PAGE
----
A. Alagiriswami, J.
1. The question for decision is whether the award made by the arbitrator in this case is inadmissible in evidence and therefore no decree can be passed on the basis of that award as held by the Delhi High Court. The short facts necessary for decision on this case are these :
2. By an agreement dated 25th April, 1961 various disputes and matters in difference between the parties were referred to the sole arbitration of Mr. B.K. Daphtary. The arbitrator made his award on 25th April, 1962. It is not necessary to refer to the various stages the matter went through except that the case came to be finally heard by the Delhi High Court. Before that Court by an application filed under Section 151 C.P.C. a question was allowed to be raised that as 'the award directs partition of immovable property and the value of this immovable property is more than one lakh it therefore requires registration under Section 17(1)(b) of the Registration Act and the same is not admissible in evidence and cannot be enforced or confer any rights.' The learned Single Judge of the High Court who heard the matter held that the award, not having been registered as required by Section 17(1)(b) of the Indian Registration Act, cannot be made a rule of the Court under Section 17 of the Arbitration Act. The learned Judge also held that he would have had no hesitation to follow the course prescribed in Section 38 of the Stamp Act and receive the stamp duty and penalty but for his decision that the document requires registration.
3. The learned Judge proceeded on the basis that the award relates to partition of immovable property of the value exceeding rupees one hundred and therefore comes within the ambit of Section 17(1)(b) of the Indian Registration Act, 1908. No doubt it does but the learned Judge did not bestow his attention on the words of that section and see whether it operates to create rights in immovable property or whether it merely creates a right to obtain another document which will, executed, create any such right. The learned Judge purported to follow the decision of the Andhra Pradesh High Court in M. Venkataratnam and Anr. v. M. Gheelamayya and Anr. : AIR1967AP257 .
4. The award insofar as it is relevant is in the following terms :
1. I hold an award that the said Tehmi Pheroze Sidhwa, Almitra Pheroze Sidhwa and Mani Rustom Sidhwa paid the total contribution of Rs. 32,500.00 (Rupees thirty two thousand five hundred) as their one fourth share in the cost of the land at Najafgarh Road, Delhi being plot No. 71/5 of the Industrial Area Scheme of the Delhi Improvement Trust admeasuring about 7246.67 square yards and the factory and other buildings and compound wall constructed thereon and occupied by Delhi Floorings Private Ltd. that the said Tehmi Pheroze Sidhwa, Almitra Pheroze Sidhwa and Mani Rustom Sidhwa are between them entitled to a one fourth share or interest in the said land and buildings and in the rents and profits thereof; that as between themselves the shares or interest of the said Tehmi Pheroze Sidhwa, Almitra Pheroze Sidhwa and Mani Rustom Sidhwa are as follows :-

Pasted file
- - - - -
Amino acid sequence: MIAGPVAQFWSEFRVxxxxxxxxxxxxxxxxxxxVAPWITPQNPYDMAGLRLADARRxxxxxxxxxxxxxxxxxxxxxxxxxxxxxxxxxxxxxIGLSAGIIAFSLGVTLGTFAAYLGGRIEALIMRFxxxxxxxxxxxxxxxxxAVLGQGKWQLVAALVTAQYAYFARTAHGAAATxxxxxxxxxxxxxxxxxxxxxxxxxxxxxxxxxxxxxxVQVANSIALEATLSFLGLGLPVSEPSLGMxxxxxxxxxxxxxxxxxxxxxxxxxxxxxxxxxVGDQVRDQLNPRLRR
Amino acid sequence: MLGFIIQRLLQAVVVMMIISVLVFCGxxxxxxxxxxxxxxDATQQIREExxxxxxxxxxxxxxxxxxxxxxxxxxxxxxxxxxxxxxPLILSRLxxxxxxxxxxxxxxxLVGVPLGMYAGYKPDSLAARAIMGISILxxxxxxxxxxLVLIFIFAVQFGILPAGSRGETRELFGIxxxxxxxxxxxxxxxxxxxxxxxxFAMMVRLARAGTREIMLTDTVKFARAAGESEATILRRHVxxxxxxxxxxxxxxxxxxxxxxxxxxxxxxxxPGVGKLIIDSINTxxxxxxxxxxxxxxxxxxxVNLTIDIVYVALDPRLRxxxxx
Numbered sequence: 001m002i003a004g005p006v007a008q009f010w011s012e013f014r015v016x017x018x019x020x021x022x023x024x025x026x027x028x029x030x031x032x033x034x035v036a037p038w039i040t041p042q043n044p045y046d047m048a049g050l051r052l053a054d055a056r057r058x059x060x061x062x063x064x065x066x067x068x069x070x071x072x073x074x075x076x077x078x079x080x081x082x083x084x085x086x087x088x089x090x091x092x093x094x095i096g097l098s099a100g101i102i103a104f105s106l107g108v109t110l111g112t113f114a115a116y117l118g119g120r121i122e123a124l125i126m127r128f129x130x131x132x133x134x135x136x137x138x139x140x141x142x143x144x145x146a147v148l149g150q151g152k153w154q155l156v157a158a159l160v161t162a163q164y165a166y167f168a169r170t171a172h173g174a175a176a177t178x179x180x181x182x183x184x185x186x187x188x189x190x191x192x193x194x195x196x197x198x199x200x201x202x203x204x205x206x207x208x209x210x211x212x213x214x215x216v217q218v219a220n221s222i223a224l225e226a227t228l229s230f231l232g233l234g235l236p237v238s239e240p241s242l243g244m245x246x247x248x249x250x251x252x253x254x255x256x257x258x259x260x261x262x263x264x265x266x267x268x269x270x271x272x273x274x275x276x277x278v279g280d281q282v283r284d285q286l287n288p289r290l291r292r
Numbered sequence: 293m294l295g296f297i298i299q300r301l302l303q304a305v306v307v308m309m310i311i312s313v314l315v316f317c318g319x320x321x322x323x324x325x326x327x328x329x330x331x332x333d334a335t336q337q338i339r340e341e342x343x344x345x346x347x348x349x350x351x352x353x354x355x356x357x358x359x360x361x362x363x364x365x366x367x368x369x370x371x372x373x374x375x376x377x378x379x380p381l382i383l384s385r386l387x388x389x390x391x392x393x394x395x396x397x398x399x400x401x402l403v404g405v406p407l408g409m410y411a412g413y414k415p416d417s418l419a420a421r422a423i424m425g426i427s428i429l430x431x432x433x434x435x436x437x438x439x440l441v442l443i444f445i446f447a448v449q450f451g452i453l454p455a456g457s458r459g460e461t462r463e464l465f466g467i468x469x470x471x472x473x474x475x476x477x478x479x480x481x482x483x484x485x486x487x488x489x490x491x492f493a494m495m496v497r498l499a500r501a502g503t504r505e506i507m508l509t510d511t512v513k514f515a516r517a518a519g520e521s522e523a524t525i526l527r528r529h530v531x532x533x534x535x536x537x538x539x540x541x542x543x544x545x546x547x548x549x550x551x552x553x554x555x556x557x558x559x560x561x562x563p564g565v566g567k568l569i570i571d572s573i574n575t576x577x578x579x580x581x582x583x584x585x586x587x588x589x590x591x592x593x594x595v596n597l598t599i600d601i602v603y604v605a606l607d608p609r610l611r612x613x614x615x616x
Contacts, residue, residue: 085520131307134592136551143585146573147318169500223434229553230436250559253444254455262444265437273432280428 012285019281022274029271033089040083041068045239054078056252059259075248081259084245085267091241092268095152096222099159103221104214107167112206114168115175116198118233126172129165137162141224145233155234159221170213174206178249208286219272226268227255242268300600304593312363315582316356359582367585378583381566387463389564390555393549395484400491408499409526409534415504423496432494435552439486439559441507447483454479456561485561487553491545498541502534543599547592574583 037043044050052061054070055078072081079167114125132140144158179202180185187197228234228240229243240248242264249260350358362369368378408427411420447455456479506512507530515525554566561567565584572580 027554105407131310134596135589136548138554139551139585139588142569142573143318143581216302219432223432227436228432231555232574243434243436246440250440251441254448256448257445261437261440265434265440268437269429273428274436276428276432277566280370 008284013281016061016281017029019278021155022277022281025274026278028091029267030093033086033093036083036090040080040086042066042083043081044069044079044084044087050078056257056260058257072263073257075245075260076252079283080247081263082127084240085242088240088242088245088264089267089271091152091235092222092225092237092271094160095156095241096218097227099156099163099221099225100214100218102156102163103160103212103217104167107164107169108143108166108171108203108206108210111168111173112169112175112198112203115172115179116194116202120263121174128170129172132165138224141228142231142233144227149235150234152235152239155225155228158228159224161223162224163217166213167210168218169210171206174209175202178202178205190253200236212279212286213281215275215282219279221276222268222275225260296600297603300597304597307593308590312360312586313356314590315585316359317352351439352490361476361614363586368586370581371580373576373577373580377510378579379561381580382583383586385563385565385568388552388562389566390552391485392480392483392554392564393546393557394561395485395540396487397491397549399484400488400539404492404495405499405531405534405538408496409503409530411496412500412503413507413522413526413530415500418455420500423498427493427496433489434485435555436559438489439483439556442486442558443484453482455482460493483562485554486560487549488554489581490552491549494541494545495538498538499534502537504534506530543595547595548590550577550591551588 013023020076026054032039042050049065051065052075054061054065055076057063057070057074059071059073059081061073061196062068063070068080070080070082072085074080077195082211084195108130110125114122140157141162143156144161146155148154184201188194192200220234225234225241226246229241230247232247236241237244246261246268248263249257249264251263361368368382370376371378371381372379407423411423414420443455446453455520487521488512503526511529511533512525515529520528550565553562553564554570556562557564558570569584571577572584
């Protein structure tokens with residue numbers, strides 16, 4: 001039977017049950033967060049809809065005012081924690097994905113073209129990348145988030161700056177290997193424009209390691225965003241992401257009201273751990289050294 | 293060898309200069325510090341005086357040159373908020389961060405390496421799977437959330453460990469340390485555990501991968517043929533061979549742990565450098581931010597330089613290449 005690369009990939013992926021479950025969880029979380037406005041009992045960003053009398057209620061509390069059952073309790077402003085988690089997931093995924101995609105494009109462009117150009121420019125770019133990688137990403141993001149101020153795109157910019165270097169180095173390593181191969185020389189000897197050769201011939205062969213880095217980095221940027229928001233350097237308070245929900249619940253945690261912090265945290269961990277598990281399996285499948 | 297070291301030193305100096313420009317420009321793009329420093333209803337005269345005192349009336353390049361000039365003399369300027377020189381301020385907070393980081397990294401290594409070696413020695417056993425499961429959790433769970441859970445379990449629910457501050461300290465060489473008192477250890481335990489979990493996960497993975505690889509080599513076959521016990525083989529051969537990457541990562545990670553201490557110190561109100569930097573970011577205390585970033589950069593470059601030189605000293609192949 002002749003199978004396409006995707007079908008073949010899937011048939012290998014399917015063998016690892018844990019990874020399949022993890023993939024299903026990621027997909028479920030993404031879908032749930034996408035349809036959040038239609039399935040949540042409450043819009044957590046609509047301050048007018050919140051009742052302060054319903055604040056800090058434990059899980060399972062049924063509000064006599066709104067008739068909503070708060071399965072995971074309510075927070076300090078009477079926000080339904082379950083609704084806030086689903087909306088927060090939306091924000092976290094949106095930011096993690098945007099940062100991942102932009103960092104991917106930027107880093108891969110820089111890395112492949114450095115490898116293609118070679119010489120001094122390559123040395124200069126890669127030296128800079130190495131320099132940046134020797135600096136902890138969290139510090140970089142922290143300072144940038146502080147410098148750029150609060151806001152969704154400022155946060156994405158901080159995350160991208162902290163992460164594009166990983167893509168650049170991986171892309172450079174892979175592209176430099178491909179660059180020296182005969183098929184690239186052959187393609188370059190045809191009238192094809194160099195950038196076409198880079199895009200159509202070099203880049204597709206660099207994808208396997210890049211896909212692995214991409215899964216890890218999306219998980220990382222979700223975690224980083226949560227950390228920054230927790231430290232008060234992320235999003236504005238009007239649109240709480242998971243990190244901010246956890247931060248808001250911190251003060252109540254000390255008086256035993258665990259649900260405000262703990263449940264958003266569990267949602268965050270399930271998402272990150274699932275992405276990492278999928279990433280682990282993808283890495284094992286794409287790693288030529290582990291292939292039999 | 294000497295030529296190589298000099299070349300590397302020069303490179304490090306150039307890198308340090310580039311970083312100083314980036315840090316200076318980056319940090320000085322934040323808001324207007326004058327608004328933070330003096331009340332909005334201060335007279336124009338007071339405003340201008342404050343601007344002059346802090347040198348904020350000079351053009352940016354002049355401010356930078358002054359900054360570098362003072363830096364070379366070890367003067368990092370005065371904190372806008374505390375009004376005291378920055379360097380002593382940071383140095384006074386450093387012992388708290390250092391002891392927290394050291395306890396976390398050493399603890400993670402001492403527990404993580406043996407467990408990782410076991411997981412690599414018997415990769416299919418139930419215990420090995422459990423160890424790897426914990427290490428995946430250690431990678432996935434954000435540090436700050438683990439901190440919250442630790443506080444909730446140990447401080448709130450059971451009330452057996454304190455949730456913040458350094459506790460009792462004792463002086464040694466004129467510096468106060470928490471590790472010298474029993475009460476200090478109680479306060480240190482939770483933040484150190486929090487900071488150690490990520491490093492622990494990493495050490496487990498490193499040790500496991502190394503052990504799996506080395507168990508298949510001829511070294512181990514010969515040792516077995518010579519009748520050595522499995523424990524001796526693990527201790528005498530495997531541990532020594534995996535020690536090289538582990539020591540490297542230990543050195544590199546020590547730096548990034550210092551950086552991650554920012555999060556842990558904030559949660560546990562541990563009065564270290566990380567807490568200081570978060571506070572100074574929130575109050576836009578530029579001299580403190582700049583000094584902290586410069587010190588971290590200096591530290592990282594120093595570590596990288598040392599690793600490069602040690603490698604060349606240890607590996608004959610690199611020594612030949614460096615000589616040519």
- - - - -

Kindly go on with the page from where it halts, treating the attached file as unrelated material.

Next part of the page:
Tehmi Pheroze Sidhwa 3/32 share | Almitra Pheroze Sidhwa 3/32 share | In the whole Mani Rustom Sidhwa 2/32 share | Property2. A lease of the said property has been granted by the Delhi Improvement Trust to Shib Banerjee and Sons Private Ltd. and the said property stands in the name of Shib Banerjee & Sons Private Ltd. I hold and award that Shib Banerjee & Sons Private Ltd. hold the said property upon trust as to one fourth thereof for the said Tehmi Pheroze Sidhwa, Almitra Pheroze Sidhwa, and Mani Rustom Sidhwa in the share as above mentioned and that the said Tehmi Pheroze Sidhwa, Almitra Pheroze Sidhwa and Mani Rustom Sidhwa are entitled to a one fourth share in the rent and profits of the said property from 1st January 1960.
3. I award and direct that Shib Banerjee and Sons Private Ltd. do pay to the said Tehmi Pheroze Sidhwa, Almitra Pheroze Sidhwa and Mani Rustom Sidhwa the one fourth share of the rents and profits of the said property at the rate of Rs. 93.75 nP per month to Tehmi Pheroze Sidhwa. Rs. 93.75 nP per month to Almitra Pheroze Sidhwa. Rs. 62.50 nP per month to Mani Rustom Sidhwa. from 1st January 1960 to 30th April 1962 (both days inclusive) and thereafter do pay to them one fourth share of the rents and profits of the said property in the aforesaid shares.
4. I award and direct that Shib Banerjee and Sons Private Ltd. do forth with execute such documents as may be necessary for declaring the one fourth share of the said Tehmi Pheroze Sidhwa, Almitra Pheroze Sidhwa and Mani Rustom Sidhwa in the said property and do execute as soon as possible such documents as may be necessary for transferring the said property and the lease from the Delhi Improvement Trust (subject to the existing tenancy of Delhi Floorings Private Ltd.) to the joint names of themselves and die said Tehmi Pheroze Sidhwa, Almitra Pheroze Sidhwa and Mani Rustom Sidhwa as tenants in common in the following shares:-
Shib Banerjee and Sons Private Ltd. 24/32 share. Tehmi Pheroze Sidhwa. 3/32 share. Almitra Pheroze Sidhwa. 3/32 share. Mani Rustom Sidhwa. 2/32 share.The out of pocket expenses of such documents (including amount payable for fee or costs to the Delhi Improvement Trust, Stamp Duty, registration charges and expenses for plans) shall be borne by the aforesaid parties in proportion to their respective shares in the said property. The professional charges of the lawyers of the parties in connection with such documents shall be borne by the respective parties.
5. It would be noticed that the award itself does not purport or operate to create, declare, assign, limit or extinguish, whether in present or in future any right, title or interest, whether vested or contingent, of the value of one hundred rupees and upwards, in respect of the immovable property, as contemplated under Section 17(1)(b) of the Registration Act. It merely creates a right to obtain another document which will, when executed, create, declare, assign, limit or extinguish any such right, title or interest. The award directs Shib Banerjee and Sons Private Ltd. to execute such documents as may be necessary for declaring the one fourth share of the appellants in the said property and also to execute such documents as may be necessary for transferring the said property and the lease from the Delhi Improvement Trust to the joint names of themselves and the appellants. It, therefore, squarely falls under Section 17(2)(v) of the Registration Act.